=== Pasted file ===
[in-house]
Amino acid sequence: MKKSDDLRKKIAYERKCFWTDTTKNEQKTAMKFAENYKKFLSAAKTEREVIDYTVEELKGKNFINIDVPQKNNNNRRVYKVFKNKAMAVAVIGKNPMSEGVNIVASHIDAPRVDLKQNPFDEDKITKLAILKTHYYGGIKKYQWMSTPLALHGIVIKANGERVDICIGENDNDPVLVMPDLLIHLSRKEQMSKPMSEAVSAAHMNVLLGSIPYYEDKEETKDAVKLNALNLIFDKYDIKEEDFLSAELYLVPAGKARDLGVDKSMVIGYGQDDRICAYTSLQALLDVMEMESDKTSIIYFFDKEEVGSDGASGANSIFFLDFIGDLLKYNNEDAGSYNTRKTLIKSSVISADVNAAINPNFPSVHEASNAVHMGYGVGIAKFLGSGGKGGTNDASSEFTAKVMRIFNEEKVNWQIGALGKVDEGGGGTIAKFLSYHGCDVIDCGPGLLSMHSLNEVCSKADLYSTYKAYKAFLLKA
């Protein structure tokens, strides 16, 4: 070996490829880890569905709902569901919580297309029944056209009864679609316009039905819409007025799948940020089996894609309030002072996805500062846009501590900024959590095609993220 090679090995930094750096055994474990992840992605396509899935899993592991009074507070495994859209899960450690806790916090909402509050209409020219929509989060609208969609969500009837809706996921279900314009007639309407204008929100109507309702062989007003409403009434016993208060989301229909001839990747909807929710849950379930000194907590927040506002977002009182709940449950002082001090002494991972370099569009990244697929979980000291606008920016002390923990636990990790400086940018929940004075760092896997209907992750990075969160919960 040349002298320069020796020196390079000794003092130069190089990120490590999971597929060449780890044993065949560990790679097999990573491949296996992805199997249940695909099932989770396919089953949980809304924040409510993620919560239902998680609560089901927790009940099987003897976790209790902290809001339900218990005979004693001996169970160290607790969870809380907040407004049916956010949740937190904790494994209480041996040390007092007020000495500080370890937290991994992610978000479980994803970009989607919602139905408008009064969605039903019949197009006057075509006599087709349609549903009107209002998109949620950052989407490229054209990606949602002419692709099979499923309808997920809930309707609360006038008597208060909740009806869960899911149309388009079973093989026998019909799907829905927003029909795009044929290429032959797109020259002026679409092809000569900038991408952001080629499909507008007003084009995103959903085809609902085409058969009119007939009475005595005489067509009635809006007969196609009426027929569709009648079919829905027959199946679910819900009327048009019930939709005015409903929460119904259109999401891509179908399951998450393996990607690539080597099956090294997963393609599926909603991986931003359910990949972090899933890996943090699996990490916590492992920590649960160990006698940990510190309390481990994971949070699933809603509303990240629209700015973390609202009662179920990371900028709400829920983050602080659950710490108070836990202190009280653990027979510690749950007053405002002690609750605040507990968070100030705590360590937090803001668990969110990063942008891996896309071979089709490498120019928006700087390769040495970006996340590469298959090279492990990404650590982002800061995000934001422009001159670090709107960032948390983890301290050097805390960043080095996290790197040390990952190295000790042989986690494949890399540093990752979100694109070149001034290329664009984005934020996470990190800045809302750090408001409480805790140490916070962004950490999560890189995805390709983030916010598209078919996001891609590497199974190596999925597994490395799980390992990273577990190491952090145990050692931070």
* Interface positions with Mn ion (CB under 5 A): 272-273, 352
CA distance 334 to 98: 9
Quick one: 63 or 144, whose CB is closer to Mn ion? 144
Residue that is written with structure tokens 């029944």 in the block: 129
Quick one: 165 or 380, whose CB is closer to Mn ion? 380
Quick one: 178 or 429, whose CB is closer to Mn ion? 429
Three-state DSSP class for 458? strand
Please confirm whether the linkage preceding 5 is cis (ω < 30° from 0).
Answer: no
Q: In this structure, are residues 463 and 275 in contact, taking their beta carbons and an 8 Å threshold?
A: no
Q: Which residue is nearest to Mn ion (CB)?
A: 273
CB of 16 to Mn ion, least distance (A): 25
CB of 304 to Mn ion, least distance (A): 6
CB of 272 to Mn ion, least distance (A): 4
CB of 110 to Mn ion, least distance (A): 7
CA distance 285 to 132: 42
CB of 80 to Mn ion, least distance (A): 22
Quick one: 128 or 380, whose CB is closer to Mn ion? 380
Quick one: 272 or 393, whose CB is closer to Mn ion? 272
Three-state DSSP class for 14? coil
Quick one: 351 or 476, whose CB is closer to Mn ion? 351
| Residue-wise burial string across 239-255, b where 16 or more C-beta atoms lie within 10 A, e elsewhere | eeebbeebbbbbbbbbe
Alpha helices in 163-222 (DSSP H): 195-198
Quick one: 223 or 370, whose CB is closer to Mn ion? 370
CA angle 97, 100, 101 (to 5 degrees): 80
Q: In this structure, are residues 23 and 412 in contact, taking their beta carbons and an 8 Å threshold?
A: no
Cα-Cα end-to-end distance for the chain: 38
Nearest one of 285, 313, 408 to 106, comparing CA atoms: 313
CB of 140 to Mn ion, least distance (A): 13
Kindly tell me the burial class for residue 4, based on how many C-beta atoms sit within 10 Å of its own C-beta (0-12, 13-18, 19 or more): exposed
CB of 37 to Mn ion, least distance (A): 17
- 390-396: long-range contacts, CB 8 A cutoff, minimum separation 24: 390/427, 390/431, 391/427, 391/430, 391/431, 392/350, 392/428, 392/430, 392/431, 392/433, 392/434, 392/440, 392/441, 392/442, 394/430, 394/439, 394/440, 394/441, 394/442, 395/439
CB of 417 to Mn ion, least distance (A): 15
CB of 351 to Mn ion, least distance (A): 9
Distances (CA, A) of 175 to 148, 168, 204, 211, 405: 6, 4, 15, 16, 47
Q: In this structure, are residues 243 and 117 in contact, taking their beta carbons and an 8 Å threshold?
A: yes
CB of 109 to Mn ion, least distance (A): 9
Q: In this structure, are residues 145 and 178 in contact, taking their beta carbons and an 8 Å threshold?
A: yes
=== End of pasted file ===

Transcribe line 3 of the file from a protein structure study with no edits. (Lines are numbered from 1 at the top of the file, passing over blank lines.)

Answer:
């Protein structure tokens, strides 16, 4: 070996490829880890569905709902569901919580297309029944056209009864679609316009039905819409007025799948940020089996894609309030002072996805500062846009501590900024959590095609993220 090679090995930094750096055994474990992840992605396509899935899993592991009074507070495994859209899960450690806790916090909402509050209409020219929509989060609208969609969500009837809706996921279900314009007639309407204008929100109507309702062989007003409403009434016993208060989301229909001839990747909807929710849950379930000194907590927040506002977002009182709940449950002082001090002494991972370099569009990244697929979980000291606008920016002390923990636990990790400086940018929940004075760092896997209907992750990075969160919960 040349002298320069020796020196390079000794003092130069190089990120490590999971597929060449780890044993065949560990790679097999990573491949296996992805199997249940695909099932989770396919089953949980809304924040409510993620919560239902998680609560089901927790009940099987003897976790209790902290809001339900218990005979004693001996169970160290607790969870809380907040407004049916956010949740937190904790494994209480041996040390007092007020000495500080370890937290991994992610978000479980994803970009989607919602139905408008009064969605039903019949197009006057075509006599087709349609549903009107209002998109949620950052989407490229054209990606949602002419692709099979499923309808997920809930309707609360006038008597208060909740009806869960899911149309388009079973093989026998019909799907829905927003029909795009044929290429032959797109020259002026679409092809000569900038991408952001080629499909507008007003084009995103959903085809609902085409058969009119007939009475005595005489067509009635809006007969196609009426027929569709009648079919829905027959199946679910819900009327048009019930939709005015409903929460119904259109999401891509179908399951998450393996990607690539080597099956090294997963393609599926909603991986931003359910990949972090899933890996943090699996990490916590492992920590649960160990006698940990510190309390481990994971949070699933809603509303990240629209700015973390609202009662179920990371900028709400829920983050602080659950710490108070836990202190009280653990027979510690749950007053405002002690609750605040507990968070100030705590360590937090803001668990969110990063942008891996896309071979089709490498120019928006700087390769040495970006996340590469298959090279492990990404650590982002800061995000934001422009001159670090709107960032948390983890301290050097805390960043080095996290790197040390990952190295000790042989986690494949890399540093990752979100694109070149001034290329664009984005934020996470990190800045809302750090408001409480805790140490916070962004950490999560890189995805390709983030916010598209078919996001891609590497199974190596999925597994490395799980390992990273577990190491952090145990050692931070």